Grant Barrett gbarrett at WORLDNEWYORK.ORG
Thu Sep 27 16:39:32 UTC 2001

On 9/27/01 05:43, "Jonathon Green" <slang at BLUEYONDER.CO.UK> wrote:

> Jackleg: seems to to find its ultimate source in the UK-wide 18C/19C dialect
> _jack-a-legs_, a large, single-bladed clasp knife, usu. with a broad, square
> blade. Thence seen as the type of knife a slapdash or unskilled caprenter
> might use rather than more sophisticated tools and appears in US in mid-19C
> as the simple 'unskilled', with alternates _jakeleg_ and _jack-legged_. Noun
> form deals with various incompetent, unskilled or unprincipled professionals
> or workers, esp. the jackleg preacher (although he can be simply an
> itinerant).

The OED note on jackleg (see jockteleg) is interesting:

"[Note. Lord Hailes Spec. Sc. Gloss. (c1776) 18, says ŒThe etymology of this
word remained unknown till not many years ago an old knife was found having
this inscription Jacques de Liege, the name of the cutler¹. A similar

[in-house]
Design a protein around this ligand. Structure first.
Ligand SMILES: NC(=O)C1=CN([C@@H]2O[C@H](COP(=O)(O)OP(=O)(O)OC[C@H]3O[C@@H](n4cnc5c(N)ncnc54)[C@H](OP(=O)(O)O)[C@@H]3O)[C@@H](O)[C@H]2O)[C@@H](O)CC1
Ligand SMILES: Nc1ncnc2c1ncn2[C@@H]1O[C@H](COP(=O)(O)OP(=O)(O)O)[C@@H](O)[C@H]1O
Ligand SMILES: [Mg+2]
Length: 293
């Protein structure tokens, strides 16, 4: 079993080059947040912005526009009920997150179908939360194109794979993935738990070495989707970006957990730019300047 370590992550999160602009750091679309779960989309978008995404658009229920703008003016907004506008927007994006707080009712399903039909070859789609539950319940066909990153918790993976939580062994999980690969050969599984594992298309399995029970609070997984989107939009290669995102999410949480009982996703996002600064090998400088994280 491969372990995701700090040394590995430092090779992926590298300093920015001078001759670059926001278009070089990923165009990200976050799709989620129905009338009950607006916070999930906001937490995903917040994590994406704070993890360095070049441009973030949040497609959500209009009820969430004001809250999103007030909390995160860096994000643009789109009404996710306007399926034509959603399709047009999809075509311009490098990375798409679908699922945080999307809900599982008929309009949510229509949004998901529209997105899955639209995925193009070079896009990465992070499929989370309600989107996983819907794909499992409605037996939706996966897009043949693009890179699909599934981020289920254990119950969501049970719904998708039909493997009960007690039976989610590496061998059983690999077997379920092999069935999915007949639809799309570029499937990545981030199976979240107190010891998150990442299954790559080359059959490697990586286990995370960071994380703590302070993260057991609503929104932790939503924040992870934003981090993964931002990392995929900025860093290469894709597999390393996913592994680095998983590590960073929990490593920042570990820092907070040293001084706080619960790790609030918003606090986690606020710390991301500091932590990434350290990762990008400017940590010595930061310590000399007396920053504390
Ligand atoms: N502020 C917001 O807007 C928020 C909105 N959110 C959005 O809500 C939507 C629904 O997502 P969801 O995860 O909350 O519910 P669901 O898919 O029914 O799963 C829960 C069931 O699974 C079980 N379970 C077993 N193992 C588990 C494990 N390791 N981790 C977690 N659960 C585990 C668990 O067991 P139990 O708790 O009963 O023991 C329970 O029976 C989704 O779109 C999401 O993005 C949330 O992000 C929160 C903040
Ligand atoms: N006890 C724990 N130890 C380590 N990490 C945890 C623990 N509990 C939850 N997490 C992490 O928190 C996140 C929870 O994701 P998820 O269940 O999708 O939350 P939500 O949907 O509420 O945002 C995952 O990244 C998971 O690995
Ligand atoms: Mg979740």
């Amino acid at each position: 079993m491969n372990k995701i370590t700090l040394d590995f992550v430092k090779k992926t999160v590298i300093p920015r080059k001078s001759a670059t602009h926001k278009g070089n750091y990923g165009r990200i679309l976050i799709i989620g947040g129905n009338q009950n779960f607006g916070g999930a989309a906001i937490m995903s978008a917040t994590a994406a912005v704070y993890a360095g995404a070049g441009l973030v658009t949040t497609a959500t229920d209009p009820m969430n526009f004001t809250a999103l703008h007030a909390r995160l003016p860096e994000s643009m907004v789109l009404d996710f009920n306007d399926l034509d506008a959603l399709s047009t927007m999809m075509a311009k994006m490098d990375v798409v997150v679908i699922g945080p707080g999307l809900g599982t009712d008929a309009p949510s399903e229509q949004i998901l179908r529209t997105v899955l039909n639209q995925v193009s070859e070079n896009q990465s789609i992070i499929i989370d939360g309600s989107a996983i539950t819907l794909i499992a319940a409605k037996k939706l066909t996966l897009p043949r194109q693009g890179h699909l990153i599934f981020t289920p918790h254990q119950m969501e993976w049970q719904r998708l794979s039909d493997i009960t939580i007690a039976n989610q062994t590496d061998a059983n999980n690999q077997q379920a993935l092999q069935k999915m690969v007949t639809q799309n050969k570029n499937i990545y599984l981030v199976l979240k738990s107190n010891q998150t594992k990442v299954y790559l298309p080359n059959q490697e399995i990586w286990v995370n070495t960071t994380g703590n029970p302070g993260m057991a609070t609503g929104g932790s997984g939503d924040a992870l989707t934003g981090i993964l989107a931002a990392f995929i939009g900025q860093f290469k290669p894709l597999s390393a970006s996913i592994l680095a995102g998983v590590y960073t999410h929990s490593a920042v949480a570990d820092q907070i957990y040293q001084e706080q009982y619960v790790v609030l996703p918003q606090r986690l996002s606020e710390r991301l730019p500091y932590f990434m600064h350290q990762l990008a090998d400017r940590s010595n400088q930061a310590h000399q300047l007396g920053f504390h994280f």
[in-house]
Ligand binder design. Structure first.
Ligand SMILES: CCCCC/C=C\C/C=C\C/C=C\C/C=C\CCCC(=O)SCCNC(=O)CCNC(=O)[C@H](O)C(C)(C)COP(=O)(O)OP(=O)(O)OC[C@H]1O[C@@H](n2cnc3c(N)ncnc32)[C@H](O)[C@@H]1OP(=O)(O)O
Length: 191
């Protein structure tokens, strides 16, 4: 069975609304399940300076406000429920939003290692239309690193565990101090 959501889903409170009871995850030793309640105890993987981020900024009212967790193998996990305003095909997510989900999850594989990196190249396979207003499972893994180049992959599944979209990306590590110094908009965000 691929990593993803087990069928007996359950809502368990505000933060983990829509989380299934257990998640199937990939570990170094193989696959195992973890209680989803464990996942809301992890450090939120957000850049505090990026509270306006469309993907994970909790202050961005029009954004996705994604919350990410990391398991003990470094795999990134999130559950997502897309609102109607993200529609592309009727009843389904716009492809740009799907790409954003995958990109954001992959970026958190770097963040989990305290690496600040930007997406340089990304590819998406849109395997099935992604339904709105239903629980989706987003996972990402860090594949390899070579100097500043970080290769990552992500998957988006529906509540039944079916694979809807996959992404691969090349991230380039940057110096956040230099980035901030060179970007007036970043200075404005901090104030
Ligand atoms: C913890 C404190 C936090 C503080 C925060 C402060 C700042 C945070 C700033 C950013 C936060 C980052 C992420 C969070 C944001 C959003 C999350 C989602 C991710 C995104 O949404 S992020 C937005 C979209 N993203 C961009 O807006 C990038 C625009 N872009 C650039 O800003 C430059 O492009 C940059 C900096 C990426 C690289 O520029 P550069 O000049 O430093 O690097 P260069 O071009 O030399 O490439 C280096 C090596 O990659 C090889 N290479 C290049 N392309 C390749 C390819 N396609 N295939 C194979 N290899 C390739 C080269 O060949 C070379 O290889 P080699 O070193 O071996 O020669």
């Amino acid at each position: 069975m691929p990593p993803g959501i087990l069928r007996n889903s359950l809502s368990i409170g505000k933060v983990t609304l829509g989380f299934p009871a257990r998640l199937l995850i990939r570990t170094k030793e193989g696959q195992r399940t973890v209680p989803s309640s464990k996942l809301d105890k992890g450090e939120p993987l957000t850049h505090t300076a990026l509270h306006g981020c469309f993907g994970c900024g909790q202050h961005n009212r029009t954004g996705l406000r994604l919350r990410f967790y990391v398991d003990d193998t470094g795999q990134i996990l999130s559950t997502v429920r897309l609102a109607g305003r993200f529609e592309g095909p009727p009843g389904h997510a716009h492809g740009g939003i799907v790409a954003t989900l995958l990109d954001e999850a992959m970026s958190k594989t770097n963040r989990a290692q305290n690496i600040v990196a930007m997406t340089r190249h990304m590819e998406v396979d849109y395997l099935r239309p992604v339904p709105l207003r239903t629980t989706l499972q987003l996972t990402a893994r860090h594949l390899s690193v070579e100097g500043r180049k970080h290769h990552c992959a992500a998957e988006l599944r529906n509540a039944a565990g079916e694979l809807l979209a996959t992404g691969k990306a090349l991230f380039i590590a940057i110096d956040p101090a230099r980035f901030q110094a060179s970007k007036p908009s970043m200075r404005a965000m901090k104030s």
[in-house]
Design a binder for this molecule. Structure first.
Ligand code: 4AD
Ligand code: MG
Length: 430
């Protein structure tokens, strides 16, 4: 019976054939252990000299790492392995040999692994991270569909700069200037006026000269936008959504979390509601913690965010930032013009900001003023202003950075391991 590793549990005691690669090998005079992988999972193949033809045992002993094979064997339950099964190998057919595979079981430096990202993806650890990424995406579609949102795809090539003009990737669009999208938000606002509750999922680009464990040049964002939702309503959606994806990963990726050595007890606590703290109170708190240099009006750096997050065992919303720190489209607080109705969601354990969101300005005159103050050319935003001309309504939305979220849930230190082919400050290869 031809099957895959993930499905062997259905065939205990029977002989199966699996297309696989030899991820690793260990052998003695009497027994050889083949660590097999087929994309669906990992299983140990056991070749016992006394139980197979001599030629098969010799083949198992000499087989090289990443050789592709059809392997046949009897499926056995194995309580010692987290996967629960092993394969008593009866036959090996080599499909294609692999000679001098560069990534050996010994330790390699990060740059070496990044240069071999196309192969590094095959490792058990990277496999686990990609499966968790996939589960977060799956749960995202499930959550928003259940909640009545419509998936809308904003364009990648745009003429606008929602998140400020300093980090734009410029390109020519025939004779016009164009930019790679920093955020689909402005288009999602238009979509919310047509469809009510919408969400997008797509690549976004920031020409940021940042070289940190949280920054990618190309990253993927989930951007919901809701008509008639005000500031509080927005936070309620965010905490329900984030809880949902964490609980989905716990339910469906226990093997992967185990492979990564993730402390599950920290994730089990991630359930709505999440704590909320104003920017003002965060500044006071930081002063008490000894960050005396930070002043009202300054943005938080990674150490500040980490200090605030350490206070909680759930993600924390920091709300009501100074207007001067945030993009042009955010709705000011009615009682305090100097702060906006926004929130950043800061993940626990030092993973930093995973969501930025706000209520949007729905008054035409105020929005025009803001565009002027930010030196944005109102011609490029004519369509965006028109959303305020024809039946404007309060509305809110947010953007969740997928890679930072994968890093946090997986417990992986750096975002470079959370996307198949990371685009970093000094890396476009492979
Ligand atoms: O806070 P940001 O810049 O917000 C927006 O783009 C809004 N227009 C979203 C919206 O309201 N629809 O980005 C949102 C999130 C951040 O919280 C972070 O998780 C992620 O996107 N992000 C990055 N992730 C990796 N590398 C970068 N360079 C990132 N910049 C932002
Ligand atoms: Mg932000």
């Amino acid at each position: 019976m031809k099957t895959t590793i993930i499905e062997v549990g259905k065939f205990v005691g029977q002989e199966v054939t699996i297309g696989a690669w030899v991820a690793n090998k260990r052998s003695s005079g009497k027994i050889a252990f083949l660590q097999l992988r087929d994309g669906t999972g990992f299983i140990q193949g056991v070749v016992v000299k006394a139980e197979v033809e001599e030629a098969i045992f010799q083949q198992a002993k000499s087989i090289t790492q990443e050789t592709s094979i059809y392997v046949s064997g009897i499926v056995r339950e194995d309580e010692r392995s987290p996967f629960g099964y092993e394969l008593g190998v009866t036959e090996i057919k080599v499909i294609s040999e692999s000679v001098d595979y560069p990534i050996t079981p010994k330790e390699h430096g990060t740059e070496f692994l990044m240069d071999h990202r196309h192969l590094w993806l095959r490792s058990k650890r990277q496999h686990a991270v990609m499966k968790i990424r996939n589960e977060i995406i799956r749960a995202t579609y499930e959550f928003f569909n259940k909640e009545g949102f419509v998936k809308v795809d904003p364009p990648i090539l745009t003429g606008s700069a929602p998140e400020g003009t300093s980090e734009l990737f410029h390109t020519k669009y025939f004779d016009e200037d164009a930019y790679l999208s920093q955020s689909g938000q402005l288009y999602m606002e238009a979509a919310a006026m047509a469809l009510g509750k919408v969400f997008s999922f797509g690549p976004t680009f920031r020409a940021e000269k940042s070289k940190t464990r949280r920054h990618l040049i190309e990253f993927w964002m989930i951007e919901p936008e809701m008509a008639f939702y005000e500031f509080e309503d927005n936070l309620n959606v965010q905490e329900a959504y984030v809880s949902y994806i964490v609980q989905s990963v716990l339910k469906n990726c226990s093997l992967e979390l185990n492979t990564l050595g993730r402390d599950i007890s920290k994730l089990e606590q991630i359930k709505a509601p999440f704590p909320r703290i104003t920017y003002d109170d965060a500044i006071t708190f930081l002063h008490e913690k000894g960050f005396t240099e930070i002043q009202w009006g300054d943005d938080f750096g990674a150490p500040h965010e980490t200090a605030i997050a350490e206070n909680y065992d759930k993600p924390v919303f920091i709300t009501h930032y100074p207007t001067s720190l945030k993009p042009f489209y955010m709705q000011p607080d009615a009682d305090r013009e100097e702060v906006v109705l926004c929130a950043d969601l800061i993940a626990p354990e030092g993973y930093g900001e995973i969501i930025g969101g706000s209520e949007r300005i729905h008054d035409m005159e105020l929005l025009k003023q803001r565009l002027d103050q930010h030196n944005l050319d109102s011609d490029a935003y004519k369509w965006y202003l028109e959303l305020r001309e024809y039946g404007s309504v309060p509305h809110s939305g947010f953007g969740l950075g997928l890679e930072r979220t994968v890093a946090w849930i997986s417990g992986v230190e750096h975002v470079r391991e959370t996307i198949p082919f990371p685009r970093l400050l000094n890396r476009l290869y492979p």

statement is made by Smiles Industr. Biog. (1863) 101, and Jevons Coal
Question (1866) 91. The former says ŒJacques de Liege, a famous foreign
cutler whose knives were as well known throughout Europe, as those of
Rodgers or Mappin are now¹. On the face of it this account is plausible: it
was not uncommon in Sc. for de to be corrupted to the, e.g. the Bruce; the
change of d to t after k is also phonetically simple. But, for the present,
Scottish antiquaries have failed to find any confirmation, in knife or
document, of Hailes's statement; and inquiries made for us at Liege have
been equally unsuccessful in finding any trace of Jacques the cutler.]"


Grant Barrett
gbarrett at worldnewyork.org
New York Loves You Back

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